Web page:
Monday, January 14, 2013

Our Everyday: Volume 1

This Christmas, my sister bought what is quickly becoming one of my most treasured gifts...a subscription to Seeing the Everyday: A magazine on the prosaic.

In its beginning pages it reads:
"Relationships develop in the prosaic moments -- in the common exchanges and experiences that make up the majority of our lives, yet are often overlooked and deemed unworthy of our best attention.  Do we rush through the oft repeated, ordinary tasks of caring for each other in anticipation of something more "important" or "fulfilling"?  We may begrudge or try to avoid these seemingly menial, caregiving activities and exchanges,  yet is it possible that they actually carry the greater meaning?  And have the more profound effect?  What if there are greater, sometimes hidden, purposes in our most common activities -- doing dishes, folding clothes, working in the yard together, making meals?  Without returning to the pre-automobile days, we can renew the relational purposes of everyday living and find perspective in seemingly inconsequential, common activities.  As we do, we will discover that nothing is really routine in life's daily work.  We will begin to really see the everyday."

My days are spent surrounded by boys...four of them.  My best friend and husband, and our two and one year old, and finally, our one month old.  Life is chaotic at times.  Some days don't go so well.  And there are days when I question what I do and how I do it.  Many times I catch myself going from one activity to the next, fueling my fire and believing my self-worth to increase by marking things off the to-do list and hoping the boys in the other room are getting along.

While I know a house has to function, laundry has to be done, meals made and babes clothed, too often my days center around those to-do list items rather than the souls searching for inclusion, a sacred five minutes of togetherness.  

The little guys are active!  And what do they want?  They want me to "build a tower," "come see toys," "read this book," and occasionally, "wock (rock)."  All they really want is me, in the form of my time, attention, and love.

So while I cannot spend every waking hour simply playing, I can incorporate them more into my day...into our everyday.  Thus, I've decided to be more focused, more intentional with our time together.  Every day will not go as planned.  Some days there will be more playing than others, and I'm sure I'll still spend a good amount of nap time perusing my favorite blogs, others' life updates on Facebook and latest projects on Pinterest.  However, for today, and only today, I will seek to "be here" live in these precious, at times routine, daily moments.

In an effort to focus more on my boys, I've decided to bring Carter into the kitchen.  His attention span isn't the longest, but he does love to turn on the mixer and pour ingredients into bowls (and on the floor).  So, we're embarking on a "journey" to bake/make something weekly (which may turn into/include activities beyond baking).  Ideally, it will go of without a hitch, when the other boys are napping and we can package half of it up and send it off to brighten another's day.  More than likely, we'll skip weeks here and there, bomb a few recipes and have a giant mess in the process, ending the "journey" in February.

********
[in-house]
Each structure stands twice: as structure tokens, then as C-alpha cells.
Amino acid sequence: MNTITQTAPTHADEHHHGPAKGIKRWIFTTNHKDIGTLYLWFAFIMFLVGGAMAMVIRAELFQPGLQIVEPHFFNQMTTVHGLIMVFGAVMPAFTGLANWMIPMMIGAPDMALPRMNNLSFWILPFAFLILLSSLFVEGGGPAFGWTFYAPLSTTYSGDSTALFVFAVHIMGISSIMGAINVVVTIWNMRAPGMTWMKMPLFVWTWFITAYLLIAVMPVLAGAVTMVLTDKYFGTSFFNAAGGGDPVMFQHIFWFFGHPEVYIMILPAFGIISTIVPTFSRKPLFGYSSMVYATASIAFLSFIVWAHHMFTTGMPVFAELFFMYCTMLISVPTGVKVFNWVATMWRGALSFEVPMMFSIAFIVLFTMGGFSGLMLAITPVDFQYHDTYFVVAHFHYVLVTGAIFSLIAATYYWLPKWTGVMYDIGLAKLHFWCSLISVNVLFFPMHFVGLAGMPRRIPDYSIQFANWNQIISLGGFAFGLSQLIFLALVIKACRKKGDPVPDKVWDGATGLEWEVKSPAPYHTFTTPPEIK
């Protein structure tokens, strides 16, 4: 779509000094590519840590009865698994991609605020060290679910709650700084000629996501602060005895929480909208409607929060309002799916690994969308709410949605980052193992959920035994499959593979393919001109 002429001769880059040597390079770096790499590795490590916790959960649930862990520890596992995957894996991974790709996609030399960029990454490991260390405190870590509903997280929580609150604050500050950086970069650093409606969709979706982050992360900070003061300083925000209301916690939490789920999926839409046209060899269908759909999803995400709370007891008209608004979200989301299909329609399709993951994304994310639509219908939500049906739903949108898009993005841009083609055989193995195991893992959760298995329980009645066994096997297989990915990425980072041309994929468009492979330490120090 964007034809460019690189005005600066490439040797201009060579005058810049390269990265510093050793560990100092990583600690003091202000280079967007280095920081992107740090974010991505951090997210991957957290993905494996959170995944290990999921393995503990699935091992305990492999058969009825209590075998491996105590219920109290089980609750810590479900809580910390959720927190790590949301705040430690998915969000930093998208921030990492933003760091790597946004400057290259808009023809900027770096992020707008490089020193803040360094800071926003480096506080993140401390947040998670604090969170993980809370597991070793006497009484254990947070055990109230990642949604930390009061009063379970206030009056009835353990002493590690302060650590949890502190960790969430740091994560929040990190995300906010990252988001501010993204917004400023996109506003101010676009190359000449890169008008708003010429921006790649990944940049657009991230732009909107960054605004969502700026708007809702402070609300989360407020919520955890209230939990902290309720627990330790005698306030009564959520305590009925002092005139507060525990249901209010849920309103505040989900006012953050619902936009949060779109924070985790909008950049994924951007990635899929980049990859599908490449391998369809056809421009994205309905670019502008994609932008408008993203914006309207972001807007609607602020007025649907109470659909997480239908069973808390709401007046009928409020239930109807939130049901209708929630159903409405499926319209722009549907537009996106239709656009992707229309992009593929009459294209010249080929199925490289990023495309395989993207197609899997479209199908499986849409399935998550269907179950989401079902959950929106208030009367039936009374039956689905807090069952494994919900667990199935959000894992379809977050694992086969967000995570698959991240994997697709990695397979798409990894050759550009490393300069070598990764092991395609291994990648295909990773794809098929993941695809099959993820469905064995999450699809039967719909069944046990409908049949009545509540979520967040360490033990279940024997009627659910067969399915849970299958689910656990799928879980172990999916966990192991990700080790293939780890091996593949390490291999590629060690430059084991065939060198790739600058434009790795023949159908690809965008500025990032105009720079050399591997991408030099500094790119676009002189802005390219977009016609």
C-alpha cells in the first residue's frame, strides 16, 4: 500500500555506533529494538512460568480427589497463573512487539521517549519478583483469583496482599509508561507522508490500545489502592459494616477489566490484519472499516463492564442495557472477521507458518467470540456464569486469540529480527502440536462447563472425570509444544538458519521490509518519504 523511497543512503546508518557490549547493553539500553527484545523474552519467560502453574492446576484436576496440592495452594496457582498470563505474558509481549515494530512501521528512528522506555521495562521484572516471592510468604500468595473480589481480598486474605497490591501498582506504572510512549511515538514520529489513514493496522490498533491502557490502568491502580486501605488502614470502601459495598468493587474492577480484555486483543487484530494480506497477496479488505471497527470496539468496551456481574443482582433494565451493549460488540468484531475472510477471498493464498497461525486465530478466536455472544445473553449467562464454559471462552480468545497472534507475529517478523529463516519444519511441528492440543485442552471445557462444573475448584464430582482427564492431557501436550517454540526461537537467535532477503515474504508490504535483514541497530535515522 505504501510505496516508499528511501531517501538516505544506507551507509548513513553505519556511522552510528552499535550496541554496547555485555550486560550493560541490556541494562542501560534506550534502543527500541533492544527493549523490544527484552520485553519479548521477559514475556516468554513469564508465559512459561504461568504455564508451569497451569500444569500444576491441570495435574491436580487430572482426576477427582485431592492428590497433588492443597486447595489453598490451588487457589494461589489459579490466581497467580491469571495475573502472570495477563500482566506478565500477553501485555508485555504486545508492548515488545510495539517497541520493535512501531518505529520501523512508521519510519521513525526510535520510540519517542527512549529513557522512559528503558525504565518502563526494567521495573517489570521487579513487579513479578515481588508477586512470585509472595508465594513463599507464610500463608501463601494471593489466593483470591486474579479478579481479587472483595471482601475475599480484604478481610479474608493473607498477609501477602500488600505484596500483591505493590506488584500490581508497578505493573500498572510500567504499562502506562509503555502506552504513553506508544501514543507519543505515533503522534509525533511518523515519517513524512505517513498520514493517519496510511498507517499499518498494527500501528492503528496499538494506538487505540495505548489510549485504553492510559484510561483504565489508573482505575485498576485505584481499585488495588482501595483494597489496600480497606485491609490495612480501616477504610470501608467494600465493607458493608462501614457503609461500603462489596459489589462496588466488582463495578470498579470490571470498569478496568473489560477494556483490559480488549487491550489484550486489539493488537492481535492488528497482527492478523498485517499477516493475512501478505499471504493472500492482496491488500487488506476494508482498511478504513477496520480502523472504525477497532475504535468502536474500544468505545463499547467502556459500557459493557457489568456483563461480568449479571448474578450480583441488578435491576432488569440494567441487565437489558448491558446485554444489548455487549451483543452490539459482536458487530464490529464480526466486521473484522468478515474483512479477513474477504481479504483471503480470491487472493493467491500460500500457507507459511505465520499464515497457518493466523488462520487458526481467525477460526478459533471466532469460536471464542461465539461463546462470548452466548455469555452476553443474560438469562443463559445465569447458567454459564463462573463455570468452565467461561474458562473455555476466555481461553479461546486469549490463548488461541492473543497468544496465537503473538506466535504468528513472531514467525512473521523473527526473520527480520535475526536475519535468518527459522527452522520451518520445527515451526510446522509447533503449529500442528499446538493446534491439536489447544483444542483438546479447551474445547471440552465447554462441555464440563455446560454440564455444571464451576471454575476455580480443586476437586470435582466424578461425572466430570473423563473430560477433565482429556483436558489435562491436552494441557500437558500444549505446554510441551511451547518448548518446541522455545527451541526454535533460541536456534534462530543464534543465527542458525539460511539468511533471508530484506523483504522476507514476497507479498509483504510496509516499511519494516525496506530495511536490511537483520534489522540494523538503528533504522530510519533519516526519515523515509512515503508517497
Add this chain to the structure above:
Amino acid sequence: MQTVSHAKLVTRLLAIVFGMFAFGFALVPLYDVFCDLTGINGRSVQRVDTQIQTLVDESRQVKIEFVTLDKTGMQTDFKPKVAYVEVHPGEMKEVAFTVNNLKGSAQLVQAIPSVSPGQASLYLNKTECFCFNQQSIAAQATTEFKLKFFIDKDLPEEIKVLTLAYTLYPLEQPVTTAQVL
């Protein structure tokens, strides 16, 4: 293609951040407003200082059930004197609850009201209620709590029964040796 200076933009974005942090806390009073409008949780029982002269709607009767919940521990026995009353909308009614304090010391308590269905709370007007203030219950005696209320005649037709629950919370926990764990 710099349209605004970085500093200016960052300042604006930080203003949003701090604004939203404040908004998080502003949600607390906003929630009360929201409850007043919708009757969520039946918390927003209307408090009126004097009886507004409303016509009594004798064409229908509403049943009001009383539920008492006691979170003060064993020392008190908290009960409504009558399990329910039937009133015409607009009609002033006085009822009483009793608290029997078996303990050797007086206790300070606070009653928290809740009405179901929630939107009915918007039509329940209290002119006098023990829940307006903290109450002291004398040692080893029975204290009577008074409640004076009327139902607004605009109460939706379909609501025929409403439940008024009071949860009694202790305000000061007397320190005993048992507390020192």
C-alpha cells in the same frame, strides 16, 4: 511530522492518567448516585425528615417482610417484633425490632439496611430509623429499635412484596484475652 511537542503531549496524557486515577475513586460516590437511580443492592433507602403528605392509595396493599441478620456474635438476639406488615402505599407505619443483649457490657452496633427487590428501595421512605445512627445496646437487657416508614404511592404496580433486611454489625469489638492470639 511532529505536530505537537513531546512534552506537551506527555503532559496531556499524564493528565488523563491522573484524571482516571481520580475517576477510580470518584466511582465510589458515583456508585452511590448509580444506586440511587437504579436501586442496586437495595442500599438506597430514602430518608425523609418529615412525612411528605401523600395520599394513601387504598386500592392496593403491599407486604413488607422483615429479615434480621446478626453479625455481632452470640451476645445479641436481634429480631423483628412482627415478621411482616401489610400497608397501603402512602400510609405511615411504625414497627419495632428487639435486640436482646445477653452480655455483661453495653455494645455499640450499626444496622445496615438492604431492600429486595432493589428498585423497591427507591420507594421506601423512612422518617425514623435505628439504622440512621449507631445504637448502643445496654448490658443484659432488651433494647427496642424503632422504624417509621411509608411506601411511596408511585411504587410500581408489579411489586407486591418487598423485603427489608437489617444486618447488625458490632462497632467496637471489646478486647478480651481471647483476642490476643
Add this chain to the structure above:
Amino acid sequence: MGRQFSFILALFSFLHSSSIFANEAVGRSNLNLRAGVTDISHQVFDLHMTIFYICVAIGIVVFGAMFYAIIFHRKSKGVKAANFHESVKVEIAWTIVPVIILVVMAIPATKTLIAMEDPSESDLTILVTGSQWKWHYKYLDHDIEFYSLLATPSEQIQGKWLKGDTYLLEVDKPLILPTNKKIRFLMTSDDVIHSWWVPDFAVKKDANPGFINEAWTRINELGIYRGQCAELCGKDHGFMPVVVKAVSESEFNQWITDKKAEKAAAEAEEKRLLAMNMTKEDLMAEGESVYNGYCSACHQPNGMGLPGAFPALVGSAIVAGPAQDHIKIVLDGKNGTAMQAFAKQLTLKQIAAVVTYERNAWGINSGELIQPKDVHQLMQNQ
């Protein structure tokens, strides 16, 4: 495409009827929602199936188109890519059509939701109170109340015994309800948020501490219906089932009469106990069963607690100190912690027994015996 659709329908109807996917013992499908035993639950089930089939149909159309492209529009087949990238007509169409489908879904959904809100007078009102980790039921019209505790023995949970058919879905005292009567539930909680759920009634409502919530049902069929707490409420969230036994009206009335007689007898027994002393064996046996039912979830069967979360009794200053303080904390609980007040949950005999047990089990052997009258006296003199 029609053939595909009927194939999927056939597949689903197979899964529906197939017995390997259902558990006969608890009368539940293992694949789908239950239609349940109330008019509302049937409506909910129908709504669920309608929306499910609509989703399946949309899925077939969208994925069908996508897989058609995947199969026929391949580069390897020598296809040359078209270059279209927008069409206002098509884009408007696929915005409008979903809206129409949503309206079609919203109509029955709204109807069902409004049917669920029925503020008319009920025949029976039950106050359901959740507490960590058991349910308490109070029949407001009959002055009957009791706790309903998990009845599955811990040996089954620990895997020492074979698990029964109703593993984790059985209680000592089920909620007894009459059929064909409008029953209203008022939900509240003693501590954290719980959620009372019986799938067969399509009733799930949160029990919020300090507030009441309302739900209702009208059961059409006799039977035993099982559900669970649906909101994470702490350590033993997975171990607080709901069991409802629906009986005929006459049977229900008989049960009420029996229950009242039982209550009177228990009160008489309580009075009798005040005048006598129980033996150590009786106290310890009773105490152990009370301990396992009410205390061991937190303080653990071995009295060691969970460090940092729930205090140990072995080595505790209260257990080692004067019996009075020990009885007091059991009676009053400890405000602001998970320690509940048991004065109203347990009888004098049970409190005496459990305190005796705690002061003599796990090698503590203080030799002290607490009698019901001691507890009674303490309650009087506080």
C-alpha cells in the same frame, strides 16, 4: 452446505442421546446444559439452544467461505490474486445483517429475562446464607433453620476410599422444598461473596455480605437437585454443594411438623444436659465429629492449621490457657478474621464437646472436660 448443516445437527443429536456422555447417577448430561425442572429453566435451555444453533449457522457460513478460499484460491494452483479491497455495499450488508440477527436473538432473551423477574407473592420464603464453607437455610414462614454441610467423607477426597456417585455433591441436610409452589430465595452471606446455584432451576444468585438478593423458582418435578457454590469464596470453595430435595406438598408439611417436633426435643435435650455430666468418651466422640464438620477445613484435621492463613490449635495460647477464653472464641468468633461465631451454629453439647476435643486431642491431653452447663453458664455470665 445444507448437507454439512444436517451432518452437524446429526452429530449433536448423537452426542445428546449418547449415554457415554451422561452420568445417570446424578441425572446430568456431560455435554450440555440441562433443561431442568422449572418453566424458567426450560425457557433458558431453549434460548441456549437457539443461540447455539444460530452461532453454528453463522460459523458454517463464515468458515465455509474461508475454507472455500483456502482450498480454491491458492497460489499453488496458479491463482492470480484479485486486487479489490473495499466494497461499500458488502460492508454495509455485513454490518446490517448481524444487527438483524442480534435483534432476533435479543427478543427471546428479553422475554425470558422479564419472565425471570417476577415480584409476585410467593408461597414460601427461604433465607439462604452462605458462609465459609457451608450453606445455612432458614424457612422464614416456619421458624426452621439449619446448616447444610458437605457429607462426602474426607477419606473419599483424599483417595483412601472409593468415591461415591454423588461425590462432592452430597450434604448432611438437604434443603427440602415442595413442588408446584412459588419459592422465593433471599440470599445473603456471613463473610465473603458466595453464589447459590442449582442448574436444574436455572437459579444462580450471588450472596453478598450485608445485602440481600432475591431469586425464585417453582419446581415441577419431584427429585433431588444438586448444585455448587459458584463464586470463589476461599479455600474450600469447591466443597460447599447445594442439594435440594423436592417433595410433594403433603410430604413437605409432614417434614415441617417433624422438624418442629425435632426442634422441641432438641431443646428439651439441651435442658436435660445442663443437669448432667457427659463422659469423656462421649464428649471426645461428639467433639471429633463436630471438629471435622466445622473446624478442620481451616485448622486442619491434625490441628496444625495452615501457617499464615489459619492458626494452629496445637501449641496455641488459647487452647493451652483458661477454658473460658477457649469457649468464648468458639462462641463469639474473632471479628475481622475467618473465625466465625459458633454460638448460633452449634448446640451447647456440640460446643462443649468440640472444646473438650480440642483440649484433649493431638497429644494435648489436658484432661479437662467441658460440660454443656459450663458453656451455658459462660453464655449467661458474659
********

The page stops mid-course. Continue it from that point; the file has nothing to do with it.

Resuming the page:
But, such is life, and I wouldn't want to experience it with anyone else.  Pray for us...for the grace to find the beauty in the everyday...for the ability to not compare to what other families are or are not spend more time relishing in relationships rather than completing a to-do bring joy to the lives of others and to give thanks for these precious moments creating Our Everyday.

Volume One: Gingerbread Biscotti (adapted from here).


  1. What.Tiffany.Said.


    (Sorry, Tiff. You just got hundred-upped.)

  2. Wonderful to read about this Britt. Your sister Rozann led me here, and I very much appreciated reading about your thoughts and experience with Carter. It's true that what our children want most of all is us. Thank you for sharing and for encouraging all of us to see more clearly the great work that happens throughout the day in our homes.

    You might also appreciate reading this:

    All the best,

    1. Thank you so much, Jarick. My sister and I are blessed with parents who did the same for us, and I have to remind myself daily that it is the most important thing.

      I have so enjoyed your magazine - a true blessing it has been. Thank you and your team for making it available to us! I hope you see the fruits of your labor daily.

      What a beautiful piece you attached!

  3. Brit, this is exactly what I needed to hear tonight. I am sure our two households are very much alike, although miles apart. I have undertaken "homeschooling" the boys by taking them out of preschool and am just trying to get a rhythm to our day. After a failed attempt to make homemade chocolate pudding tonight with the boys (about 5 time outs and pouring ingredients onto the floor), we managed to finish our pudding. We then sat at the table to listen to a Bible story read by Dad. The boys eyes "lit-up" to their father's rendition of Jonah. It almost made me forget the sugar on the floor, crayon marks on the walls, and exhaustion I felt from the new baby napping upstairs. This is "family" in all of its raw glory.-- Sheryl O'Neal

    1. Sheryl, you are amazing!! I love your family and all you do to remind me of what we are here for. I'm going to be asking for advice on homeschooling in the near future. It intimidates me yet really excites me too. God bless you guys!

  4. I love this so much. And I love you. And I love all your boys. :)

  5. You are such a good momma. I hope your boys come back to this one day and see how loved they were before they even knew it. Praying for patience for you :) much love.